Fix the City, a nonprofit group that fights development in L.A. that it considers damaging to neighborhoods, had objected to the $300-million movie museum's impact on traffic in the Miracle Mile area.
But Fix the City President Mike Eveloff issued a written announcement Thursday night saying that it has hashed out a "settlement agreement" with the film academy that assuages its concerns.
The academy confirmed the agreement Friday morning. Museum spokesman Morgan Kroll said the academy "received a demolition/alteration permit from the city this week, and demolition — the first stage of construction — begins this fall."
Leaders of the film museum's parent organization, the Oscars-conferring Academy of Motion Picture Arts and Sciences, received city approval for the project in June but had held off on a hoped-for summer construction start while talks with Fix the City continued. The academy is aiming for a late-2017 museum opening.
Fix the City's announcement said that it and the Academy Museum have developed "innovative" systems to monitor traffic flow and strains on the museum's parking capacity, triggering agreed-upon measures to relieve problems when they arise.
"All monitoring is privately operated and mechanisms for enforcement ... do not rely on the city," the announcement said, without going into specifics about how the system would work.
In Fix the City's written announcement, board member Laura Lake borrowed a catchphrase from one of Hollywood's most important figures, Ronald Reagan: "The settlement agreement embodies a trust but verify approach with built-in mechanisms to fix impacts rather than have them be merely a cost of doing business," she said. "Fix the City appreciates the academy's willingness to think outside the box."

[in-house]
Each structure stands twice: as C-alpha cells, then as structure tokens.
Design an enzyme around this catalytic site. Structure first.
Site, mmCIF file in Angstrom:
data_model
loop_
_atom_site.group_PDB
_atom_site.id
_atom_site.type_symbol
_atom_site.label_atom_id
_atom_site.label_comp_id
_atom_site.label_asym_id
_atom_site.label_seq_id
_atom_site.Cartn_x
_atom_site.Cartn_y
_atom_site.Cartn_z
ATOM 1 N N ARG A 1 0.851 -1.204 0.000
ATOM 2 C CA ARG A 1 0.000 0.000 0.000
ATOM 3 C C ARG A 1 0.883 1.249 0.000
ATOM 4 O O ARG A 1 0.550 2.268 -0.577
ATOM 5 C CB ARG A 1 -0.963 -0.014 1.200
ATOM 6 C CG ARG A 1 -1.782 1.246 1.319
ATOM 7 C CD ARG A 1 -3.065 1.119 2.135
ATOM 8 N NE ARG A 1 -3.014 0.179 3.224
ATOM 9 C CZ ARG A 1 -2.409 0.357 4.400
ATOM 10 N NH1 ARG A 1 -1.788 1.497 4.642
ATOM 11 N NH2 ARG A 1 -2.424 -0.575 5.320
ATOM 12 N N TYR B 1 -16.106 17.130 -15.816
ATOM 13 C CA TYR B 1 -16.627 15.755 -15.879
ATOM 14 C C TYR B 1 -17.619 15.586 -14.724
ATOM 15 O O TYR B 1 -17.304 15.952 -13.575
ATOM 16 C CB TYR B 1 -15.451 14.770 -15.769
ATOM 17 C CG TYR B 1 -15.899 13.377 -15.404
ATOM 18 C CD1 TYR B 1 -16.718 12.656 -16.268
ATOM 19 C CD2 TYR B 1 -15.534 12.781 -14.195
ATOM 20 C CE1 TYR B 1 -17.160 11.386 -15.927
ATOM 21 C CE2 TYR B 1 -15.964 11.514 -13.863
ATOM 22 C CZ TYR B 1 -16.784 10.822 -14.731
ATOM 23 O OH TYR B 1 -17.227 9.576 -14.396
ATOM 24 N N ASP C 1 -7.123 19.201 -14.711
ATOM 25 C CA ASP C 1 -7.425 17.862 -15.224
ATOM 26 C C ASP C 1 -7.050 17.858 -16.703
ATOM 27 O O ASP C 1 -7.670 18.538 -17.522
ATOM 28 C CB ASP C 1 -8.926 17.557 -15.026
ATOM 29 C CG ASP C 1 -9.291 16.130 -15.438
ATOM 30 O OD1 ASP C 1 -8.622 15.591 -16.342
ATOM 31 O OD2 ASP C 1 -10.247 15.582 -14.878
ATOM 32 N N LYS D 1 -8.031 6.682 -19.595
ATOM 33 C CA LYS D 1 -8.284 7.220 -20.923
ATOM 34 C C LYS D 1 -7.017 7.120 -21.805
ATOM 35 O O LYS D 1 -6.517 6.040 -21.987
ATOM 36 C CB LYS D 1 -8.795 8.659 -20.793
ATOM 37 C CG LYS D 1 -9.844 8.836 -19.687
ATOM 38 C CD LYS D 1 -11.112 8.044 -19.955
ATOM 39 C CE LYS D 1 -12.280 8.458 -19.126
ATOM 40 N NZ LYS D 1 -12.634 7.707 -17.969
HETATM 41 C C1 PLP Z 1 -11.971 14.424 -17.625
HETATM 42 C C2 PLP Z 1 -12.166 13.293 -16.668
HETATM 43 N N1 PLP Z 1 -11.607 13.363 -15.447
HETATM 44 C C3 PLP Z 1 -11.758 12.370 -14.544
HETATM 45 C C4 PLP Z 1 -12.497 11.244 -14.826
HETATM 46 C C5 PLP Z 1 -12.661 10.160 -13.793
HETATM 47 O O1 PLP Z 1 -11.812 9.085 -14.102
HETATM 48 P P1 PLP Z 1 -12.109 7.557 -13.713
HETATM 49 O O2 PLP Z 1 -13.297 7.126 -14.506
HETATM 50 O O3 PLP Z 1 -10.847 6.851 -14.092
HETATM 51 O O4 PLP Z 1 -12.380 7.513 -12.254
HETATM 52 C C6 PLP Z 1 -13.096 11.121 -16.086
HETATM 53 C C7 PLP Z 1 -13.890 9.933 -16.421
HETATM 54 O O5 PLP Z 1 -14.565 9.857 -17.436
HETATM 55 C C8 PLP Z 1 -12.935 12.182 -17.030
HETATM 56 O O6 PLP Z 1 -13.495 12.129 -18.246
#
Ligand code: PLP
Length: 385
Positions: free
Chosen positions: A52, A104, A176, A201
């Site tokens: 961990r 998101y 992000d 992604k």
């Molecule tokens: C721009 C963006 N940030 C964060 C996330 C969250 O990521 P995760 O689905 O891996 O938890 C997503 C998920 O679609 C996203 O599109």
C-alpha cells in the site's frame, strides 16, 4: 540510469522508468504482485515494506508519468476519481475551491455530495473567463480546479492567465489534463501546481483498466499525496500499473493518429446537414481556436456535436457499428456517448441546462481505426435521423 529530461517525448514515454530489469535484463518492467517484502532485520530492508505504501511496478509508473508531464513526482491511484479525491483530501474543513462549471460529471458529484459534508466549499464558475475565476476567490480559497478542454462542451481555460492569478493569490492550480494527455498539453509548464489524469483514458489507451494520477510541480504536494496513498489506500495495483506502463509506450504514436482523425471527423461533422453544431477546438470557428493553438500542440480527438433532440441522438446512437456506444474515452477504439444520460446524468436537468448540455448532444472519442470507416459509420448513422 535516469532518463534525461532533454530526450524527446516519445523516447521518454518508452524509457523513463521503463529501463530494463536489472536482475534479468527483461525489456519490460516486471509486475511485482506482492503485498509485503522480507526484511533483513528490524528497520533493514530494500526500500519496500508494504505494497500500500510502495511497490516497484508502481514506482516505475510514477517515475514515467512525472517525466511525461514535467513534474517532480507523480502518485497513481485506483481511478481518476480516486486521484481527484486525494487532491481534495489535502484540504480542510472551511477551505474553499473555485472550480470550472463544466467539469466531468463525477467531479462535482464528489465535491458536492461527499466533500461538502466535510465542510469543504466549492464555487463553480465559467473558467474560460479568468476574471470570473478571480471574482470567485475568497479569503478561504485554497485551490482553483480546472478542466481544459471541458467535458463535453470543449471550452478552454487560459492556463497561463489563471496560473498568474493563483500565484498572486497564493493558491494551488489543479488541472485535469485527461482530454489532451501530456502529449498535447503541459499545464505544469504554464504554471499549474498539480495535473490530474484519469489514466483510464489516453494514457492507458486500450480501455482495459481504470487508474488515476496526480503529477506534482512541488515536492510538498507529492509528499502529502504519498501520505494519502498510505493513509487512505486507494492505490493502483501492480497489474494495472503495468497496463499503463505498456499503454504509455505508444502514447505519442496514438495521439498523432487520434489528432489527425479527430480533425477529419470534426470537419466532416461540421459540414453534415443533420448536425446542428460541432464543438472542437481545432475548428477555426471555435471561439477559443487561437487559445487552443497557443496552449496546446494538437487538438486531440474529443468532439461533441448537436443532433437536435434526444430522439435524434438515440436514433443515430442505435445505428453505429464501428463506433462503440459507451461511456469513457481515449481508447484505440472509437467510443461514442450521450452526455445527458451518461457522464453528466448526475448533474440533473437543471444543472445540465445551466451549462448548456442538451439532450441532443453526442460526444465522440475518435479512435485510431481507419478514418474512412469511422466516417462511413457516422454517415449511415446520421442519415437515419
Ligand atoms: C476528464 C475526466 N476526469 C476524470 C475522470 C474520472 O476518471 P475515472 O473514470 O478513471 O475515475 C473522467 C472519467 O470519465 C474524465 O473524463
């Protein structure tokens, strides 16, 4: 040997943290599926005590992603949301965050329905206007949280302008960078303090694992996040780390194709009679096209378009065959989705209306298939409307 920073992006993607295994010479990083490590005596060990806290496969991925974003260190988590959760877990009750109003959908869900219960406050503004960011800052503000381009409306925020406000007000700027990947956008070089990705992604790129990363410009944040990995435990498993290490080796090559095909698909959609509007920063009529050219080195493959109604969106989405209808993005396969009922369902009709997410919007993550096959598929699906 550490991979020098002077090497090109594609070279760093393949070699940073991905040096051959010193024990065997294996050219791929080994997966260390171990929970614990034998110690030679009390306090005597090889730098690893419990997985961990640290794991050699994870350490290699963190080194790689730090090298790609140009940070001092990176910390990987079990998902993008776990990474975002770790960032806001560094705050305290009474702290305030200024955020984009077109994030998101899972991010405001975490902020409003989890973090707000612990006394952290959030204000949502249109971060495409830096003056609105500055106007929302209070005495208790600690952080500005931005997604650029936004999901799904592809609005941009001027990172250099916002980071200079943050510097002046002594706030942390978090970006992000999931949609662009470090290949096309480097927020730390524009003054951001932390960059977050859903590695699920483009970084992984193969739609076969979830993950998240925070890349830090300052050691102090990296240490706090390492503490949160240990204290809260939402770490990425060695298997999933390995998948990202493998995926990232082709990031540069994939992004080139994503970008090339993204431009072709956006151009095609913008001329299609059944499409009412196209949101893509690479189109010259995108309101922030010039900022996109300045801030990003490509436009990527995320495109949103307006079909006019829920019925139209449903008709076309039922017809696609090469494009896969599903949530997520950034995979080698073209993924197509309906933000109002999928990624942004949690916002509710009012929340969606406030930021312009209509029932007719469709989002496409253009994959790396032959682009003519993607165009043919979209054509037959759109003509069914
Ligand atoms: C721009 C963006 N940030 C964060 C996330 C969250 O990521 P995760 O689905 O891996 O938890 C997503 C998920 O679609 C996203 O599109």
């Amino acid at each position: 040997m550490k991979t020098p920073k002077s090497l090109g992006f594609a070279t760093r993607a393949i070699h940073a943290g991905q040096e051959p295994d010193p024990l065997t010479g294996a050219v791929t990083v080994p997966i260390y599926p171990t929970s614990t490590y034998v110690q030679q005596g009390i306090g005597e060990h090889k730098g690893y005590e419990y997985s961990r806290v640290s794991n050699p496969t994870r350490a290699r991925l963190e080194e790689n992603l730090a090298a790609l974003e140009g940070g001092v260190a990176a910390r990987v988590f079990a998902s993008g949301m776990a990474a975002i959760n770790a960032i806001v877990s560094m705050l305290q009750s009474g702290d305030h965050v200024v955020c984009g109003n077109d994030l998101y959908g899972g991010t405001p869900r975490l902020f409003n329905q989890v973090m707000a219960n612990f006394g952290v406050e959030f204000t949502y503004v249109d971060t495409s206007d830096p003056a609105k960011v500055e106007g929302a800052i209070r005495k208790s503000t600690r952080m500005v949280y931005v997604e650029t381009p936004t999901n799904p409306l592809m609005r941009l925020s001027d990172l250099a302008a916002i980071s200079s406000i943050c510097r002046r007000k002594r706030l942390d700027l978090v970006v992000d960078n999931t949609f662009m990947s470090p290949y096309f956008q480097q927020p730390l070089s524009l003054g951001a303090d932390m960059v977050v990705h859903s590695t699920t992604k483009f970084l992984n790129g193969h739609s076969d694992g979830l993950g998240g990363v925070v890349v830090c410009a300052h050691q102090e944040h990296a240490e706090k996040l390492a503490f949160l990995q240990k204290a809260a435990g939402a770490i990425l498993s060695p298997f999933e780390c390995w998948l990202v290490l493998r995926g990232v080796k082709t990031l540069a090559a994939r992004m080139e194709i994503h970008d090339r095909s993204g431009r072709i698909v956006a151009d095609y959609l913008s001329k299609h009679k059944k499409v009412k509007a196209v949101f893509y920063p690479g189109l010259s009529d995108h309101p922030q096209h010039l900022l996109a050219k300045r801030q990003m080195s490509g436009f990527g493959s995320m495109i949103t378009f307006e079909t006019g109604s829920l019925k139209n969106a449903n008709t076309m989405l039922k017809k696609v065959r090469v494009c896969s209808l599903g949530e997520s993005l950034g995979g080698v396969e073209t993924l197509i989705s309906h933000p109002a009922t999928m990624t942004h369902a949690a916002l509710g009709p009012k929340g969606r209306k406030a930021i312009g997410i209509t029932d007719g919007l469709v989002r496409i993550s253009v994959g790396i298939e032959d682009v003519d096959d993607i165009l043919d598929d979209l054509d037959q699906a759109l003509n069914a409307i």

When Reagan was negotiating nuclear arms agreements with the Soviet Union during his Cold War presidency, he said he'd be guided by an old Russian proverb: "Trust but verify."
The museum plan OK'd in late June by the City Council did not require the Academy Museum to install any new parking, despite projections that it will attract more than 2,000 visitors on an average day, and as many as 5,000 on peak days. It will share LACMA's existing parking garage and surface lot.
Critics were especially concerned about traffic crunches when the Academy Museum hosts special events, such as film premieres in the 1,000-seat spherical, see-through cinema it will build next to the museum that will be carved out of the 1939-vintage former May Co. department store at Wilshire Boulevard and Fairfax Avenue.
The academy responded by saying it had agreements to lease more than 800 additional parking spaces from neighboring office buildings and the Petersen Automotive Museum to accommodate any overflow.
Signage was another concern for Fix the City, which showed its clout several years ago when it beat the city in court in a lawsuit that overturned a new zoning plan that would have allowed more intense development in Hollywood.
According to the announcement, the academy has agreed not to put previously planned advertising banners along Fairfax next to the cinema sphere and to ensure that a "large digital sign" on the Wilshire side of the sphere won't be visible to motorists.
The agreement allows for digital signs along Wilshire in what were once department store display windows. It also OKs the giant Oscar statuette the academy hopes to hoist as a marker in front of the tall, gold-and-black art deco column at Fairfax and Wilshire that is the historic building's most distinctive architectural feature.